As many of you know, gardening is tiring!  Plus, there’s only so much grass one can eat at a time.

Then we got chilly:

I don’t think they’ll fit in my sweatshirt pocket any more.  Maybe one, but definitely not all three.  We came in to warm up shortly after this.

May 31 – Moved the meaties, who had also outgrown their box.  I cobbled together a space in the anteroom of the barn, using the lids of the brooder box and a screen door.  It’s working quite nicely and they have more than double the space.  This means the brooder box is available for the goslings.

June 1 – It got quite chilly last night and the basil almost didn’t make it.  Then it started raining and raining and raining (2 inches!) and the herbs are quite happy.  I bought full plants of cilantro, basil, rosemary and thai basil.  I have sage from last year and a lemon thyme that is growing in the rock garden.  I plan to transplant some of it to what will soon be my herb garden…just need to dig up some sand and move some dirt.  When it stops raining.

June 2 – I moved the brooder box in during a lull in the rain.  I swear baby chicks and geese are like gold fish – give them a bigger space and they grow like weeds.  Look how much bigger they look already.

Less than two weeks ago I could hold one cupped in my hand.  Look now!  I also figured out a way to keep the water mostly contained.  It involves a bowl inside a bigger bowl.  It’s still raining so we haven’t been back outside.  That means I bring them grass.  I have discovered that goslings, at least my goslings, wake up hungry at 4 a.m.  They start working over everything with those bills of theirs.  I end up getting up to change water, add food, and since the dogs tell me they need to go out as long as I’m up, I grab a handful of grass for the goslings.  They do love their grass.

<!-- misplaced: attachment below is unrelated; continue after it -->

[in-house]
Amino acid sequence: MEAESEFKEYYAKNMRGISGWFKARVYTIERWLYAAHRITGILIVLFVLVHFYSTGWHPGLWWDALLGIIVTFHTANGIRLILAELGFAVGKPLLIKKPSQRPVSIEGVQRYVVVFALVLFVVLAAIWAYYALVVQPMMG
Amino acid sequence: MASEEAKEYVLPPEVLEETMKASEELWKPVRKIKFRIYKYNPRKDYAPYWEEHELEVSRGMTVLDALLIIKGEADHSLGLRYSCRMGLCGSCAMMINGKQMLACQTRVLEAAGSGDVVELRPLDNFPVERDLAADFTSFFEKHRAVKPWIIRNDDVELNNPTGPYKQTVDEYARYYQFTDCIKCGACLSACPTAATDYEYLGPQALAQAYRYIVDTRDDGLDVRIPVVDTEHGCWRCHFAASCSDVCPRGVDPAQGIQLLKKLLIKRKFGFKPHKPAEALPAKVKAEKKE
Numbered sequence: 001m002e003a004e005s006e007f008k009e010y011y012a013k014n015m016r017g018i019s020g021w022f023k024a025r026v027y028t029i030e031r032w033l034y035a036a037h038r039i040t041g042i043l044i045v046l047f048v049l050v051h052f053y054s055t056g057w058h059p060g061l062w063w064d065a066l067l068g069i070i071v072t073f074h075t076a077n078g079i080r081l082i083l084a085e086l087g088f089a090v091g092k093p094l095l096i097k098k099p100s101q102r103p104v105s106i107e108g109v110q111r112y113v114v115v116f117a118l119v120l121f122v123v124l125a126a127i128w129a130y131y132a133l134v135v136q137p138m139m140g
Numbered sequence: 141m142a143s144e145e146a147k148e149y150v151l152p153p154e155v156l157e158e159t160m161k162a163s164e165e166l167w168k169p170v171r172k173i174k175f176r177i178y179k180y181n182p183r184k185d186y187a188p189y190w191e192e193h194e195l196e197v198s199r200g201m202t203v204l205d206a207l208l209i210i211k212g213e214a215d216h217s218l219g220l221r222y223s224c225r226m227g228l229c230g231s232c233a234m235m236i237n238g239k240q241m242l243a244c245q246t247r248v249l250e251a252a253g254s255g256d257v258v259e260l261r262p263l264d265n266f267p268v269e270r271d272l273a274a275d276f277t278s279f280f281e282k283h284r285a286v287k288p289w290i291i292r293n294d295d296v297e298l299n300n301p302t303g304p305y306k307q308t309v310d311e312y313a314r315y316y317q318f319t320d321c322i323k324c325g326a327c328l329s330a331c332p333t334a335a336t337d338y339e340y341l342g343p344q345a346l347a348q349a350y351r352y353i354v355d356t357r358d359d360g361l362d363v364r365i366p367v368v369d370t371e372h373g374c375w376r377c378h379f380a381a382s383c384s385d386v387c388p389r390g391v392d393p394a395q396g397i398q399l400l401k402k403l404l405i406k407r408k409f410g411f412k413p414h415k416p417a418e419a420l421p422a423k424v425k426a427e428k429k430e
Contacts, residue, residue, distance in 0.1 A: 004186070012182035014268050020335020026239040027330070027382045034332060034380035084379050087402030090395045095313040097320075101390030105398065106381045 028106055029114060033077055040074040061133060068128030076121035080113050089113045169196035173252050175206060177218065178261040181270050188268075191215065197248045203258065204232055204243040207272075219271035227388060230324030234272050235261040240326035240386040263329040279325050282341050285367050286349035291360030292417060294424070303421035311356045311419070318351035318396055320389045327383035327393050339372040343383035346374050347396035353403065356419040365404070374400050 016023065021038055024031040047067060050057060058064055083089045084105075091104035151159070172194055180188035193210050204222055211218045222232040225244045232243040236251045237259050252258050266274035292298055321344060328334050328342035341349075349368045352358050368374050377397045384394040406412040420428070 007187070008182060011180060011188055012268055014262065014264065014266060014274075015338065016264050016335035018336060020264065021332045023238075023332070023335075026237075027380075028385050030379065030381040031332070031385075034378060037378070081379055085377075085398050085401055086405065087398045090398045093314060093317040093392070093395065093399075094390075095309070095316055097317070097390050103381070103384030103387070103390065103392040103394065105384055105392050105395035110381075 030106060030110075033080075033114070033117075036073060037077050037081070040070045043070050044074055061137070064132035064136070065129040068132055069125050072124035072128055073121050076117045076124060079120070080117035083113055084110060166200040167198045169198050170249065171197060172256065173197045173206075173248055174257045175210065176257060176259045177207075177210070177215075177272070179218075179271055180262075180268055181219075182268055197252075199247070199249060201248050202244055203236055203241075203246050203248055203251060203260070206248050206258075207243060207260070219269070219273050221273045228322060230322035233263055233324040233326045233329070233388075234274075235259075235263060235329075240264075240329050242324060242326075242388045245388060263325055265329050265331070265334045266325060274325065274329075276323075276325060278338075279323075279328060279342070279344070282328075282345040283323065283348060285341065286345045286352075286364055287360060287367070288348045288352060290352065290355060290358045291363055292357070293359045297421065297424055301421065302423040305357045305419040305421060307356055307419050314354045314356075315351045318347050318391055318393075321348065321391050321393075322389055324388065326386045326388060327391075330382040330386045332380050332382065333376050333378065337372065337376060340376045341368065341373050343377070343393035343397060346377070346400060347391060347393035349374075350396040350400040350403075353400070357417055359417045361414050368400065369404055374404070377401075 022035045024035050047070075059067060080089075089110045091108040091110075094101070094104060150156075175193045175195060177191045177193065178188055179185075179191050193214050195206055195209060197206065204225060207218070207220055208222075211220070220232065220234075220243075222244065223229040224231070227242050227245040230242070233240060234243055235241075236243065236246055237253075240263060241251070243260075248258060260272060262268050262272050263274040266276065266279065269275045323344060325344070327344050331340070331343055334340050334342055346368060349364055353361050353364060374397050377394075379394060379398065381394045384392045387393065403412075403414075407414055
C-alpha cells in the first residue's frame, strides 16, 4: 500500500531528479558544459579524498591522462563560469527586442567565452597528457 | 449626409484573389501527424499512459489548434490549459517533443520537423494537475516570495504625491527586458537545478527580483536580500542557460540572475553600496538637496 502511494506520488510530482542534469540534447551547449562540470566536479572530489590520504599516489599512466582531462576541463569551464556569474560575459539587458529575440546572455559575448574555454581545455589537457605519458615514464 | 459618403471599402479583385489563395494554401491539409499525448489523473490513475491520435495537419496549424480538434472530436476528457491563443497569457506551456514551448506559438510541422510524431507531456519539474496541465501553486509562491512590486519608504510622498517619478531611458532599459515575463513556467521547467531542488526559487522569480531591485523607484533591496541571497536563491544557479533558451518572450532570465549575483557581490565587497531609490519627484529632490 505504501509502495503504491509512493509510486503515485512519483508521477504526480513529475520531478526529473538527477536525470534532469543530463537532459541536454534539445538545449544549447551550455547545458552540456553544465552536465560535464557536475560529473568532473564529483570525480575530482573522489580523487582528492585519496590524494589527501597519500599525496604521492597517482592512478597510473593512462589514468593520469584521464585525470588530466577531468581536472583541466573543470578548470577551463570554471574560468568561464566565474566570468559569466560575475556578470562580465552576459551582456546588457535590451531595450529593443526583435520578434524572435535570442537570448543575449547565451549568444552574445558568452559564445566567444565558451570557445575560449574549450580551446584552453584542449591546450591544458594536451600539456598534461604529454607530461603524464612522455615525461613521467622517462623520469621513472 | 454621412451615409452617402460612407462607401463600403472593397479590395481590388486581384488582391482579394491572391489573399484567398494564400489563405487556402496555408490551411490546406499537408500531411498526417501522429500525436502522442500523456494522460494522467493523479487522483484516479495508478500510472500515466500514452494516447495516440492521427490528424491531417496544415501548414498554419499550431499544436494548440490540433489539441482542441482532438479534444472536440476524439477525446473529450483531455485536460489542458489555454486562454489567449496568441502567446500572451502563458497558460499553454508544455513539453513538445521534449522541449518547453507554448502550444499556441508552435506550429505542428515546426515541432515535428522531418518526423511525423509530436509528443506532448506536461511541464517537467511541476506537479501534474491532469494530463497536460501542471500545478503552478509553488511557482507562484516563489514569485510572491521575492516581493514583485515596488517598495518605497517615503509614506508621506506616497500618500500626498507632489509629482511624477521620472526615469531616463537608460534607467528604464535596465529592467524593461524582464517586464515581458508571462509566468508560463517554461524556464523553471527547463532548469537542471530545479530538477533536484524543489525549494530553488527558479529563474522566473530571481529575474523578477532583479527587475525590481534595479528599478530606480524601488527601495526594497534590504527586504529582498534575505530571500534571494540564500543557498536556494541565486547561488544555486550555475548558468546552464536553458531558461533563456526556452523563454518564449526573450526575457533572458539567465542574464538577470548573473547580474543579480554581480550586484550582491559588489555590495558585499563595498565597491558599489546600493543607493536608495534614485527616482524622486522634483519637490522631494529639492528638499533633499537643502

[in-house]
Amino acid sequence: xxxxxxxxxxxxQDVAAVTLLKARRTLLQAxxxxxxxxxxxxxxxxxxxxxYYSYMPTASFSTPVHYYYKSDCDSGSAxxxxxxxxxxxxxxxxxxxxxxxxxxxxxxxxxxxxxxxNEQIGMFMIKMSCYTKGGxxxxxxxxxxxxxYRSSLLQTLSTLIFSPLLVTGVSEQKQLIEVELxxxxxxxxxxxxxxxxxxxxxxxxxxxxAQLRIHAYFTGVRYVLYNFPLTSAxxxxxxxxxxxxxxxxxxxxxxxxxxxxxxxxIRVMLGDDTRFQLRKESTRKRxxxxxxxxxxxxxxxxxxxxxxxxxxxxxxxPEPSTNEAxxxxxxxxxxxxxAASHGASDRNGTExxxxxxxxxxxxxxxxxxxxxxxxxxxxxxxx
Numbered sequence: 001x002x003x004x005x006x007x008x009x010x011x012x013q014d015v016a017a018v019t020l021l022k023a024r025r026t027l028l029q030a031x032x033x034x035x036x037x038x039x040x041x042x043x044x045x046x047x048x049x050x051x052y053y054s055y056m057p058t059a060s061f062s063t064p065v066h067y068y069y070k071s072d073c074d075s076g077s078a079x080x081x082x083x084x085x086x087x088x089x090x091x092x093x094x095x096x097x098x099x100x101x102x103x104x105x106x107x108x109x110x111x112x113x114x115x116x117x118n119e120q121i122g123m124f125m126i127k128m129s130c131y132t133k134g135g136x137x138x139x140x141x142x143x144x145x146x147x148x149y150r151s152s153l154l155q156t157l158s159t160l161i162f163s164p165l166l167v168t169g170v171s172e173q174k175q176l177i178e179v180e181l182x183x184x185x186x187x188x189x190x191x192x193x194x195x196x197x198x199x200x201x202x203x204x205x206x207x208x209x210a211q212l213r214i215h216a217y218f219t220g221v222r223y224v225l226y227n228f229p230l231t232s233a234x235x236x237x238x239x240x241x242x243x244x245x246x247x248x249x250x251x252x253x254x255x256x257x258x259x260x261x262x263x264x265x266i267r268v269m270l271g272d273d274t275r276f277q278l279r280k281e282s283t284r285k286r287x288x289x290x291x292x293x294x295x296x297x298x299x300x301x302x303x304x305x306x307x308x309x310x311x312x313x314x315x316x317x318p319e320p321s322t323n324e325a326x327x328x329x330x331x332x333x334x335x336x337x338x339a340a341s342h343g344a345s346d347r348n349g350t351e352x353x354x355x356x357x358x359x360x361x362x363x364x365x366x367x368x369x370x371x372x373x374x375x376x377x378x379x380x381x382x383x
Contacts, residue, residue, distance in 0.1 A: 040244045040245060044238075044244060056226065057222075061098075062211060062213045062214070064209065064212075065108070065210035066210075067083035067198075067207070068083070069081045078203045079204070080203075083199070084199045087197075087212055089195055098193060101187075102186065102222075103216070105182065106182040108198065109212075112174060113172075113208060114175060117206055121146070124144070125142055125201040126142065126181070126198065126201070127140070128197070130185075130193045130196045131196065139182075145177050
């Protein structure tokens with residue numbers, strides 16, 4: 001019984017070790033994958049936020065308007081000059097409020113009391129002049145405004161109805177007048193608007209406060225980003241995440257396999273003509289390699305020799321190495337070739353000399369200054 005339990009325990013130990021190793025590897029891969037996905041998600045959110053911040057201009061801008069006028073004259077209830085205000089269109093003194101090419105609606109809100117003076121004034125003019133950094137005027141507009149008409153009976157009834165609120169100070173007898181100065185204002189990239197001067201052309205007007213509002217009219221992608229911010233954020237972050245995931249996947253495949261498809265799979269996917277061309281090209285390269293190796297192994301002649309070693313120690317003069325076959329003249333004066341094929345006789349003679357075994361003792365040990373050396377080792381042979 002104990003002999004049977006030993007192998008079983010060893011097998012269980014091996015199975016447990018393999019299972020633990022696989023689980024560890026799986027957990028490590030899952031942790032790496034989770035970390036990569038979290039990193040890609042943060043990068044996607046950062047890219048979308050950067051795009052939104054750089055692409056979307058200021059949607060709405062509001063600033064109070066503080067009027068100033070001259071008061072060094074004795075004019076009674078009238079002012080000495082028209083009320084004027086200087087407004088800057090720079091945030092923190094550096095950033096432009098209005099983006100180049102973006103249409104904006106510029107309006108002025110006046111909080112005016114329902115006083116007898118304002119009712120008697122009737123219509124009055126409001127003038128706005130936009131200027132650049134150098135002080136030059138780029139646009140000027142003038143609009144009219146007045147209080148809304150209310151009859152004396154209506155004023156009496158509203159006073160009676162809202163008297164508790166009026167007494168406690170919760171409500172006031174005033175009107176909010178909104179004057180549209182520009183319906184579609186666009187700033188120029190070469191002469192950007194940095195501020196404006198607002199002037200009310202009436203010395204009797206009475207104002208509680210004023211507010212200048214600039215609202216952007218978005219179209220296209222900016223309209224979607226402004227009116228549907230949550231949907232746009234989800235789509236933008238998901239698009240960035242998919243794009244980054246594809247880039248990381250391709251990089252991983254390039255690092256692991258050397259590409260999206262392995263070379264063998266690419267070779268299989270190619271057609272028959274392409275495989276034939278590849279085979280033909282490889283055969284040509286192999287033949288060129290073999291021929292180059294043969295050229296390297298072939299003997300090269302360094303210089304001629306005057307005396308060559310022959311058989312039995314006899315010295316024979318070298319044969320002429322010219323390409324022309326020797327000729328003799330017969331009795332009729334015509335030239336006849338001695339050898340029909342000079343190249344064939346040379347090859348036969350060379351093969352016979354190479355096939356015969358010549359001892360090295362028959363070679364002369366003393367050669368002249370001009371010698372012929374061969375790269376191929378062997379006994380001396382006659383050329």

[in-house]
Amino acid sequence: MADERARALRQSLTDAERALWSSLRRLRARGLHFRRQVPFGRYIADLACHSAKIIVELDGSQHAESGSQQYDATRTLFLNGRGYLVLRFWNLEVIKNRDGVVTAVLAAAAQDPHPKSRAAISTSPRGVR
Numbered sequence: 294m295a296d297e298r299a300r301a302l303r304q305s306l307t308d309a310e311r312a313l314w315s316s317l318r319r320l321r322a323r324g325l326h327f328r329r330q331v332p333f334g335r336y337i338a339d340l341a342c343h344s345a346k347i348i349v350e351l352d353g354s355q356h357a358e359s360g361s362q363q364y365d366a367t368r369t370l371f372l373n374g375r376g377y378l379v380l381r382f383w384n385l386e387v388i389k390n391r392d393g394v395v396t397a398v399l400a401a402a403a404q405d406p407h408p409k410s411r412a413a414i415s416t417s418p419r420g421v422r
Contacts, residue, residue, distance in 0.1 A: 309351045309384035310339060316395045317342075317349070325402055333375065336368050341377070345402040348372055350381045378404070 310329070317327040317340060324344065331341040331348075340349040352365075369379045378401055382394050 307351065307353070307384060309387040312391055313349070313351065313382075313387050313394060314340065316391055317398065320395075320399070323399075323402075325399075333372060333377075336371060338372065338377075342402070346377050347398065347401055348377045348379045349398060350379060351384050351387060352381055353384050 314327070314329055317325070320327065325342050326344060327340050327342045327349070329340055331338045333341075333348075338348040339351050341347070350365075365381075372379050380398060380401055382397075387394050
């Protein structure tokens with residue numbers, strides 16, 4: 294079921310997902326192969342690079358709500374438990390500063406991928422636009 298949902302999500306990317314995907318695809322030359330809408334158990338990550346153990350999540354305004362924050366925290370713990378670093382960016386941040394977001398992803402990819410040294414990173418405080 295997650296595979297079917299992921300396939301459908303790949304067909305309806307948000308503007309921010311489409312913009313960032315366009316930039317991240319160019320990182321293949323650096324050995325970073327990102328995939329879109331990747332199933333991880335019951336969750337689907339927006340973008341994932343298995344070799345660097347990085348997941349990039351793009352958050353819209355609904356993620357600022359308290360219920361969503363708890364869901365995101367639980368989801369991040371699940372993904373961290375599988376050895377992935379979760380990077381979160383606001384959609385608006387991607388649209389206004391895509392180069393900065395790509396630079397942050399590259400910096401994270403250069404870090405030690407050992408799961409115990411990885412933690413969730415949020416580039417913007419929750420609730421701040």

When I put them in the brooder box yesterday morning, their heads just barely reached the top of the box.  Now this is what I see when I come in from outside.  They can see my chair from their box, so sometimes while I’m reading I’ll suddenly hear whistles and look over to see this.  And I swear Henry is trying to figure out how to get out of the box.  Fortunately, they can’t jump (yet?) but Henry has reasoned that he’s taller when he stands on the water dish, and was trying to use his neck to lever himself out.  I moved the water dish back from the edge.  The box is 2 1/2 times the space they had in the cage, so it will do for a bit.  They are just beginning to get tiny pin feathers.  I’m thinking I may be able to get a heat lamp in the tiny coop, which means evicting Baby Chicken and the tiny bantams.  I think it will work.  Then the goslings will have a house with an attached pen to graze in but still be warm when they want it.  Being in the pen has made Baby Chicken more a part of the flock, so she doesn’t panic when she sees chickens.  The banties appear to be curious about the others.

Special bonus if you read this far!  Here’s a video of how the goslings use their bills on everything:  video clickage.  Perhaps someday I’ll pay for the video embedding.